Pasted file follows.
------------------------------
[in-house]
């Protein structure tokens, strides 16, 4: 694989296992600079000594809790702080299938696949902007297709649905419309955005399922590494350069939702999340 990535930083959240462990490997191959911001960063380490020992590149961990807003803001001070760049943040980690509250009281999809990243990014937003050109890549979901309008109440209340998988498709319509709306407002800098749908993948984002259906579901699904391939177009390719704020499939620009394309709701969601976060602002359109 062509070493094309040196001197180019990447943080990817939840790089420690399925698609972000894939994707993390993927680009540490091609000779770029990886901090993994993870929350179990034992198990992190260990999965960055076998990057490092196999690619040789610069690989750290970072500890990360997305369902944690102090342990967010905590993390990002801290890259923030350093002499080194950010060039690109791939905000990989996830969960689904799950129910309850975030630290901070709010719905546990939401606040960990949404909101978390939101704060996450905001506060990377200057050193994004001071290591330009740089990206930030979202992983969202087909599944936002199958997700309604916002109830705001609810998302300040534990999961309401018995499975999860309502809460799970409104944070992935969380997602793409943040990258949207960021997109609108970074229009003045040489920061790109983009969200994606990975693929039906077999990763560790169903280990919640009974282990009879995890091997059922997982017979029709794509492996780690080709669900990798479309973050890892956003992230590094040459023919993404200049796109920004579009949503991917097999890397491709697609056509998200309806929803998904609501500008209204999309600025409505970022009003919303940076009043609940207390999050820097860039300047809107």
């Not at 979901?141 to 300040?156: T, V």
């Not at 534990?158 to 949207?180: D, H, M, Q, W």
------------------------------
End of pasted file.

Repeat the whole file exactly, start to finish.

[in-house]
């Protein structure tokens, strides 16, 4: 694989296992600079000594809790702080299938696949902007297709649905419309955005399922590494350069939702999340 990535930083959240462990490997191959911001960063380490020992590149961990807003803001001070760049943040980690509250009281999809990243990014937003050109890549979901309008109440209340998988498709319509709306407002800098749908993948984002259906579901699904391939177009390719704020499939620009394309709701969601976060602002359109 062509070493094309040196001197180019990447943080990817939840790089420690399925698609972000894939994707993390993927680009540490091609000779770029990886901090993994993870929350179990034992198990992190260990999965960055076998990057490092196999690619040789610069690989750290970072500890990360997305369902944690102090342990967010905590993390990002801290890259923030350093002499080194950010060039690109791939905000990989996830969960689904799950129910309850975030630290901070709010719905546990939401606040960990949404909101978390939101704060996450905001506060990377200057050193994004001071290591330009740089990206930030979202992983969202087909599944936002199958997700309604916002109830705001609810998302300040534990999961309401018995499975999860309502809460799970409104944070992935969380997602793409943040990258949207960021997109609108970074229009003045040489920061790109983009969200994606990975693929039906077999990763560790169903280990919640009974282990009879995890091997059922997982017979029709794509492996780690080709669900990798479309973050890892956003992230590094040459023919993404200049796109920004579009949503991917097999890397491709697609056509998200309806929803998904609501500008209204999309600025409505970022009003919303940076009043609940207390999050820097860039300047809107």
């Not at 979901?141 to 300040?156: T, V």
């Not at 534990?158 to 949207?180: D, H, M, Q, W």